By Maya Chakravorty (Boston University)
Scholars such as Henriette van der Blom, Alison Cooley, and Susan Treggiari observe that a biological connection with heroic ancestors inspired descendants to emulate their deeds and mannerisms (van der Blom 2010: 88; Cooley 1998: 206-7; Treggiari 2003: 144, 148, 150). Silius Italicus’ Punica features the descendants of many famous regnal and early Republican heroes, such as Cloelius, a descendant of the early Republican heroine Cloelia, and Scaevola, descended from Mucius Scaevola.
By Thomas Bolt (Florida State University)
Despite recent work on aesthetics in Latin literature (Hardie 2013, Day 2013, Hardie 2009), Statius’ bold experimentation with the sublime remains poorly understood. Statius’ sublime is decidedly ambivalent, careening from the lofty to the absurd in a short space.
By Jennifer Weintritt (Northwestern University)
Modes of reading become modes of writing (Barchiesi). In the last two decades, scholars of Greek scholia have brought into clearer focus how ancient critics read Greek poetry, Homer most of all (e.g., Nünlist, Schironi, Kelly et al.). Accordingly, our understanding of how Roman poets metabolized these reading practices in their own writing has increased (Hexter, Farrell), with still more work to be done.
By Rebecca A Deitsch (Harvard University)
In Statius’ Thebaid, Juno reverses expectations to emerge as the opposite of her Vergilian self. While she lacks her predecessor’s cosmic influence, her characterization has major ramifications for the divine politics of the Thebaid. I argue that a network of Vergilian intertexts establishes a Juno who rejects her literary past in every respect except one: she remains at odds with Jupiter.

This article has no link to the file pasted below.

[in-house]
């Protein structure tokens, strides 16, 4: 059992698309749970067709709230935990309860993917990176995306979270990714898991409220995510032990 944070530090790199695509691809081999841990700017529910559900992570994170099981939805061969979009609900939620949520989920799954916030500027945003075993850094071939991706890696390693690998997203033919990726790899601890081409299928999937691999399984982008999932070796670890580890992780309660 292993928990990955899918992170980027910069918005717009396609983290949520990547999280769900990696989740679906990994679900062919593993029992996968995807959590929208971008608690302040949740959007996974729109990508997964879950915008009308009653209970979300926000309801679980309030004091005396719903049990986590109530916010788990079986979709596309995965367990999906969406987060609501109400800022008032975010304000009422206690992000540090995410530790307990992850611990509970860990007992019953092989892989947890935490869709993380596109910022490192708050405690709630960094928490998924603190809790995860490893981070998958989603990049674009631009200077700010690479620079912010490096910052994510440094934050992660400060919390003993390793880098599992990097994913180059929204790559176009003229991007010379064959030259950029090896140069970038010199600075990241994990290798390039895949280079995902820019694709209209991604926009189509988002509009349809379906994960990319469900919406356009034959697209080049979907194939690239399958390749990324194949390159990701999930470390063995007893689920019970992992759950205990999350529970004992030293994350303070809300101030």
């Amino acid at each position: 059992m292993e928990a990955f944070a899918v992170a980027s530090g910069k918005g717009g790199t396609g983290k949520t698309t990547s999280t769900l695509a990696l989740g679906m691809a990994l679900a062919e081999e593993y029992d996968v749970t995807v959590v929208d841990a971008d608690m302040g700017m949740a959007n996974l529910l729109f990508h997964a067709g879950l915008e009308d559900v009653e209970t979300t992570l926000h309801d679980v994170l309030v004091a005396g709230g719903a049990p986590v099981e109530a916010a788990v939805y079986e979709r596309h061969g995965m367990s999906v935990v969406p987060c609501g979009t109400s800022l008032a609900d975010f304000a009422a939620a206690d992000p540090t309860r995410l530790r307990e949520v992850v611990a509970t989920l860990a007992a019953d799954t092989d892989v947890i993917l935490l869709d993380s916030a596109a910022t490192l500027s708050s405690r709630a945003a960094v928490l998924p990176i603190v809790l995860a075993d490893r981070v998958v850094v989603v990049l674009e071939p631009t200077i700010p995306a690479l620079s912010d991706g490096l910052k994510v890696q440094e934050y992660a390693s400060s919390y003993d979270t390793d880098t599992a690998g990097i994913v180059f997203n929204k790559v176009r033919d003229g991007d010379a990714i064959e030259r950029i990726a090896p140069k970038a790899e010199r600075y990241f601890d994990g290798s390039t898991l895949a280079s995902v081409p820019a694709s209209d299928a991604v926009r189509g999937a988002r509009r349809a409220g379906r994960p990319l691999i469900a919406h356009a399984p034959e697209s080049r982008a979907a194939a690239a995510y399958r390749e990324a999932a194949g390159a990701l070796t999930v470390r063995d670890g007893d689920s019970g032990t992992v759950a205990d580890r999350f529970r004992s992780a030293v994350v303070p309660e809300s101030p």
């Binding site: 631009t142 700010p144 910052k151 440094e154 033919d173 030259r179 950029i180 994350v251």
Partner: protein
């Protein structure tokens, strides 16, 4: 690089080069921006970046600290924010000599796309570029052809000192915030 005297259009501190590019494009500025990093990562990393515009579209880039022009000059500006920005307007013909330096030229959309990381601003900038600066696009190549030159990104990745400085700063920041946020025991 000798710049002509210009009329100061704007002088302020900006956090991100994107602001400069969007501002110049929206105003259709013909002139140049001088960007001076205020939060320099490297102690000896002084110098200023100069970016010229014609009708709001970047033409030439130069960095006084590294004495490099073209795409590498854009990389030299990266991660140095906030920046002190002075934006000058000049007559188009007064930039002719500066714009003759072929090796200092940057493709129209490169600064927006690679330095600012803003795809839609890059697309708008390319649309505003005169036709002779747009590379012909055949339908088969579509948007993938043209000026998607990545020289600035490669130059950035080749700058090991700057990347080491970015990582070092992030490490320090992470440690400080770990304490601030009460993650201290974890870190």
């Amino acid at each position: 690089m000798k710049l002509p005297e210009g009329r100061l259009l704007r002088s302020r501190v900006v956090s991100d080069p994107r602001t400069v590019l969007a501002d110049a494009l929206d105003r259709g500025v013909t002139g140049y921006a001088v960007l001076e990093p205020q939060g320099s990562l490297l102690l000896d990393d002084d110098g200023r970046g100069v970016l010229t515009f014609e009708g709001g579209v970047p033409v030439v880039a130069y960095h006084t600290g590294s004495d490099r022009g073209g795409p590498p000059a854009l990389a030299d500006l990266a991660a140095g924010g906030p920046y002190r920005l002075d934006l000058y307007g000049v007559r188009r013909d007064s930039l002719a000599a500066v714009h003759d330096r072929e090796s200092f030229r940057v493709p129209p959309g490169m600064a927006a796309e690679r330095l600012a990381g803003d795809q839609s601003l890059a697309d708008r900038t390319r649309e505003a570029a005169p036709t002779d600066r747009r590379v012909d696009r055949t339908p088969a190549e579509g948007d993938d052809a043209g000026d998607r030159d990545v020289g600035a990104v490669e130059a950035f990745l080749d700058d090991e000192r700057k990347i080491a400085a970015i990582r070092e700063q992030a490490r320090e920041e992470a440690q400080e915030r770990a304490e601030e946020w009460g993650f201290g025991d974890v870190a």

By Diana Librandi
After contrary winds push the Argo and its crew back to the harbor they have just left, neither the Argonauts nor the Cyzicans realize that their encounter has already taken place. They engage in battle and, only at dawn, do they recognize their tragic mistake.
By Thomas J Bolt
Due to the explosion of work on Flavian poetry in recent years, scholars now understand the sophisticated intertextual practices of Statius more than ever (Hershkowitz 1997, Gervais 2015, and Lovatt 2017).
By Kenneth Draper
This paper explores an overlooked symbolic program in Statius’ Thebaid and in his commentary on the Thebaid in the Silvae. Statius fuses diverse associations of Vulcan, Aetna, and Phlegra to make volcanic fire a multifaceted emblem of his epic verse. On the one hand, Vulcan’s forges in Aetna and elsewhere furnish an image of the poet crafting epic arma.
By Julia Mebane
Although Latin writers on civil war revel in inverted norms, paradoxical extremes, and collapsed boundaries, they typically center the city of Rome in their narratives. Writers from Caesar to Lucan describe how discord born in the Curia and Comitia expands outward to encompass the whole world.